Since forming part of the first Lloyd’s Lab cohort in 2018, Parsyl has established itself as an innovative technology company, global cargo insurer and more recently, a vital part of the fight against Covid-19.
CEO and Co-founder Ben Hubbard joins Matthew on Episode 123 to discuss the company’s rapid growth.
Listen now for more on how Parsyl is using sensors to keep vaccines safe in transit, combining traditional and parametric insurance, and why companies no longer have to ‘ship and pray’.
Talking points include:
- Using data and automation to improve cold chains
- Designing technology that users understand
- Working with government organisations
- MGAs and launching a Lloyd’s syndicate
- Scaling at speed and future plans
If you like what you're hearing, please leave us a review on whichever platform you use, or contact Matthew Grant on LinkedIn. You can also read edited highlights of Matthew and Ben's conversation below.
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Cold chains, Covid & parametric insurance - Episode 123 highlights
Matthew: I first discovered Parsyl through the Lloyd’s Lab cohort, which was very successful for you I believe.
Ben: Lloyd’s Lab was a great opportunity for us. It helped to solidify our focus on insurance and develop some of the key relationships that we needed to get us where we are today. We continue to have a great relationship with Lloyd’s.
Matthew: You came into insurance from a role with the US government. What motivated you to start Parsyl?
Ben: I’ve spent most of my career focused on issues of extreme poverty and worked with the Obama administration at the United States Agency for International Development (USAID), dealing with global supply chains around emergencies.
A lot of that involved delivering essential public health services. The most acute example is delivering vaccines. Getting a cold chain vaccine to someone in the last mile is difficult. I saw opportunities to use technology and the Internet of Things (IoT) to solve persistent problems of getting life-saving products to people around the world.
I worked for the Clinton Foundation in Kenya earlier in my career helping to get life-saving HIV/AIDS treatment to kids. That’s when I first heard this expression ‘ship and pray’ in the context of understanding supply chain quality. That term still guides us at Parsyl and keeps us focused on what’s important. We’re using technology and building products that will collect meaningful data and put it to use managing risks so that hopefully “ship and pray” can be a thing of the past.
Matthew: For anyone who isn’t familiar with Parsyl, what is it that you provide?
Ben: We're a technology company and a cargo insurer. We have a solution for customers to monitor and insure sensitive cargo, typically temperature-sensitive perishables.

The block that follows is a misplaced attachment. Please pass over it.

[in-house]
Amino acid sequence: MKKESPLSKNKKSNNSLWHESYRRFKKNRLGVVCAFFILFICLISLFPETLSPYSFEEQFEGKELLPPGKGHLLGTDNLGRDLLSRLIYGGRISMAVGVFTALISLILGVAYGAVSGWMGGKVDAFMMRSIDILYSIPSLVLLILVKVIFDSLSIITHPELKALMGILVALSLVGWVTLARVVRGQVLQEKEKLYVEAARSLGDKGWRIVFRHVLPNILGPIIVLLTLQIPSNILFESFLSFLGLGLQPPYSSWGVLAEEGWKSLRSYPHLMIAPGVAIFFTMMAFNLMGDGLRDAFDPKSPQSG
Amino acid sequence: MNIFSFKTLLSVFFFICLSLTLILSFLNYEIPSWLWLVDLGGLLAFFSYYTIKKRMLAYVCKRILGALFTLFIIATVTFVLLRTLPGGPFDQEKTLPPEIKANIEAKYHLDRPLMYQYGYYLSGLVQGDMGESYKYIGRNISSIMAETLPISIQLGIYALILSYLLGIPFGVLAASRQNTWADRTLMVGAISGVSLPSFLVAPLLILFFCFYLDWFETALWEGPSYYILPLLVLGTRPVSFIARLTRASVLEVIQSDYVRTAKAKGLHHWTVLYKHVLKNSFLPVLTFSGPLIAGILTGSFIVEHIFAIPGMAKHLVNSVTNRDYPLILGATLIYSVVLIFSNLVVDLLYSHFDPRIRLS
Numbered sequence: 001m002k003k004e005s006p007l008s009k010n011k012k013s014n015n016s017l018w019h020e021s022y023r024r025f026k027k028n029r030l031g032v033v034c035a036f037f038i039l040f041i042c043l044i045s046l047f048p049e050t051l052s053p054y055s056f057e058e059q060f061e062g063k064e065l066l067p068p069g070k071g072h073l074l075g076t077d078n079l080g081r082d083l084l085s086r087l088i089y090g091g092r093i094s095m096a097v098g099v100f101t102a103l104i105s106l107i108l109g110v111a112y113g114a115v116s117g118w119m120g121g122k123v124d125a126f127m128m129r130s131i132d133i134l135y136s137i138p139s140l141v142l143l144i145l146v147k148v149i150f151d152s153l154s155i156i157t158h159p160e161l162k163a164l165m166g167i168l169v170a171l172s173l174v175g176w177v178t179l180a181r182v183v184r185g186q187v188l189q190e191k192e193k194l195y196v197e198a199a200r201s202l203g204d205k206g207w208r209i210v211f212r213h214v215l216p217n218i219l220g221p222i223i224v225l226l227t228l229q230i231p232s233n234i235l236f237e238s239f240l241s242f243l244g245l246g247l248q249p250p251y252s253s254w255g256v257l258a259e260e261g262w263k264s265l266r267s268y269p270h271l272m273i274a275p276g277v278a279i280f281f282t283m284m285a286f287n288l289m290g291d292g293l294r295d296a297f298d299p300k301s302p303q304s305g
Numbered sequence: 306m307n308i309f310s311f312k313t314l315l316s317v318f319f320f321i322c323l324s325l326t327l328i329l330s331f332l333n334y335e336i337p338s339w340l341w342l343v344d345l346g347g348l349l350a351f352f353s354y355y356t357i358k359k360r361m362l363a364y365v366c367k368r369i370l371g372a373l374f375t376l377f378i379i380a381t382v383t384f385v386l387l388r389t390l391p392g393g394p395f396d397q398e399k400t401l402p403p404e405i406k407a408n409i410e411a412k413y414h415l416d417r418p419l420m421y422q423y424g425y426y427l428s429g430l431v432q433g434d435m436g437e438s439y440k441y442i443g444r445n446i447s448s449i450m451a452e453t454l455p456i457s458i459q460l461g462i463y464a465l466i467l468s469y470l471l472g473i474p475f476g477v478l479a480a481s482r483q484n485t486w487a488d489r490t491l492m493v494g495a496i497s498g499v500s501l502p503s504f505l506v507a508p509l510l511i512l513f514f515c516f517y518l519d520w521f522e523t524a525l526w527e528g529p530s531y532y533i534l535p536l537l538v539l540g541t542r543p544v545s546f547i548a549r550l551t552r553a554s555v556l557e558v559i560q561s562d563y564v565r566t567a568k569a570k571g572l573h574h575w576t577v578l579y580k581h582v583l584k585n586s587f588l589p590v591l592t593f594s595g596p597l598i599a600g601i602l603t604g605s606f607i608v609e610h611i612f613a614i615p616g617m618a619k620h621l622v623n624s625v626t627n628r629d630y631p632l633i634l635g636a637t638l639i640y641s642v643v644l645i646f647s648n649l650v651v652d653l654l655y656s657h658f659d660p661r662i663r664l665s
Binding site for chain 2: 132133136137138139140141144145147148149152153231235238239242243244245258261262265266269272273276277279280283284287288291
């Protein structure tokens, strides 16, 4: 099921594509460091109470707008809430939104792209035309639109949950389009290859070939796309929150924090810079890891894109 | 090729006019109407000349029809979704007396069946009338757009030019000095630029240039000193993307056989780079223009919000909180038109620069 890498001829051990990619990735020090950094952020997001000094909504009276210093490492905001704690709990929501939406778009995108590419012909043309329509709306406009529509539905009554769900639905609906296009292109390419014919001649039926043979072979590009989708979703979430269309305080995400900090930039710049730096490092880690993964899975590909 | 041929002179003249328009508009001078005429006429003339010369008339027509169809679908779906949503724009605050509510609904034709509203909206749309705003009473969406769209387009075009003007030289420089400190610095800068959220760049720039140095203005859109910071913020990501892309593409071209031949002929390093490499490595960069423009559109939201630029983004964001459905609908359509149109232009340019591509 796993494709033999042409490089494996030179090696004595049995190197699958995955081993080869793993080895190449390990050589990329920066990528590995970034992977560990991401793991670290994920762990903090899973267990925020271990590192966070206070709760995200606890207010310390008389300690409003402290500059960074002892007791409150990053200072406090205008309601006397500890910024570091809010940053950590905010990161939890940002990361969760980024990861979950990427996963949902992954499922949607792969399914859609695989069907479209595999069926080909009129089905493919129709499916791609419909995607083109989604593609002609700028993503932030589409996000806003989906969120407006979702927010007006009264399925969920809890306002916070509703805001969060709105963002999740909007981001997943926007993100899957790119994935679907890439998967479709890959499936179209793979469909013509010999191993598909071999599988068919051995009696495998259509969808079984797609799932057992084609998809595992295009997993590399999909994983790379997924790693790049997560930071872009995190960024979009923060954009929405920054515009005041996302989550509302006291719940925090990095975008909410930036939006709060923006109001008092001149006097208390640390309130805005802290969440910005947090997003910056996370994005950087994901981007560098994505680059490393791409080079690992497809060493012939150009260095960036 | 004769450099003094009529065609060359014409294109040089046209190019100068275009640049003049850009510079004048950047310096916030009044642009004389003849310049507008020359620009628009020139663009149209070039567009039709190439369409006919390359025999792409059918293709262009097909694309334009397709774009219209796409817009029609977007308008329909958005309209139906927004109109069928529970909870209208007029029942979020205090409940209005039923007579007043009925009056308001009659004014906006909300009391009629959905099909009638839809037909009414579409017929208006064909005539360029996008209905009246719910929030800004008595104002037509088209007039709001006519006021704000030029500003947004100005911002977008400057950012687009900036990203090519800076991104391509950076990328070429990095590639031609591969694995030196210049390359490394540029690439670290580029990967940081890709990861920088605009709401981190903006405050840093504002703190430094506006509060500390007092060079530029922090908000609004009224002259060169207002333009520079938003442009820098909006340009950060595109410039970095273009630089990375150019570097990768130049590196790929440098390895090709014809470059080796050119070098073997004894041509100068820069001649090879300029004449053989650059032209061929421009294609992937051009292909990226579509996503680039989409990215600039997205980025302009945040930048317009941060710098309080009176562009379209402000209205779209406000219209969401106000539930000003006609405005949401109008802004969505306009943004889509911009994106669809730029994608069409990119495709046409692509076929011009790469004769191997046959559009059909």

Our monitoring and risk management solutions are used by companies looking to improve their cold chain, and we cover everything from life science and pharma products to seafood. The data we collect from our sensors give us a granular understanding of the risks so we can provide better insurance coverage, including new insurance products for shippers that are driven by data.
Matthew: Can you give us a definition of what’s involved in a cold chain?
Ben: It’s been headline news recently with Covid-19. Cold chain is about keeping things cold from manufacturer to consumer, and in the case of vaccines, the world is learning that they need to be kept cold – and sometimes ultracold. There's really little margin for error and a near-perfect delivery is needed for the vaccine to be potent.
With Covid-19 and the reality of distributing a vaccine literally everywhere in the world, these vaccines require sophisticated logistics and data. We're bringing the data, that's what we do, and we’re using that data to offer insurance cover behind it.
Matthew: Talking about headlines, you featured on CNN recently. How does it feel to be part of the news these days?
Ben: There’s a lot of interest in cold chains and vaccine delivery and I'm happy to help bolster awareness. Everyone must understand that a Covid-19 case anywhere is a threat everywhere. We need to invest in distribution as seriously as we have in the development of vaccines.
Where someone lives shouldn’t determine whether they get a vaccine; it also shouldn’t determine whether it works. We’ll continue to have resurgences of the virus unless we squash it everywhere, but poorer countries with weaker supply chains will have a harder time procuring and distributing the vaccines.
Matthew: You’ve gone further on the insurance side than most organisations, with your own syndicate at Lloyd’s. What are you offering?
Ben: We have a product called ColdCover, which is our perishables-focused product for the US and UK. That’s done as an MGA and we have some markets behind those products.
We launched Syndicate 1796 in December 2020 and it’s focused on insuring global health product distributions, with Covid vaccines certainly being a pressing need. It’s large in scope, covering 150 countries, and is backed by the US government via an agency called the Development Finance Corporation. It’s the first time a government has invested into Lloyd’s with capital and the syndicate is taking half the risk with the market.
Matthew: You’ve also launched the Global Health Risk Facility. What does that involve?
Ben: The Global Health Risk Facility is anchored by Syndicate 1796 and is comprised of nine other Lloyd’s markets and five reinsurers. Having been involved in different public-private partnerships and risk-sharing arrangements throughout my career, I look at the Lloyd's marketplace as a kind of playground in terms of possibilities. We’ve used the new syndicate-in-a-box mechanism and it’s been a great example of the Future of Lloyd’s.
Matthew: It’s really interesting to see situations where governments are funding or supporting insurers with risk capital, which traditionally they’ve been uncomfortable doing.
Ben: Most G7 countries have development finance institutions to support social and economic development in developing countries, with a range of products to support private equity funds, infrastructure, bank lending, SMEs, etc.
They invest on commercial terms but with this mission in mind, so this was a happy meeting between what we were trying to accomplish with the GHRF and how the US Development Finance Corporation wants to use its capital.
What resonates here is that we weren’t asking government to take all of the risk. We had lead market syndicates stepping up and saying they were willing to put capital at risk on an equal basis with government capital. That means everyone’s aligned around getting the job done and it sends a strong message to governments about the insurance industry's ability and commitment to solving big problems.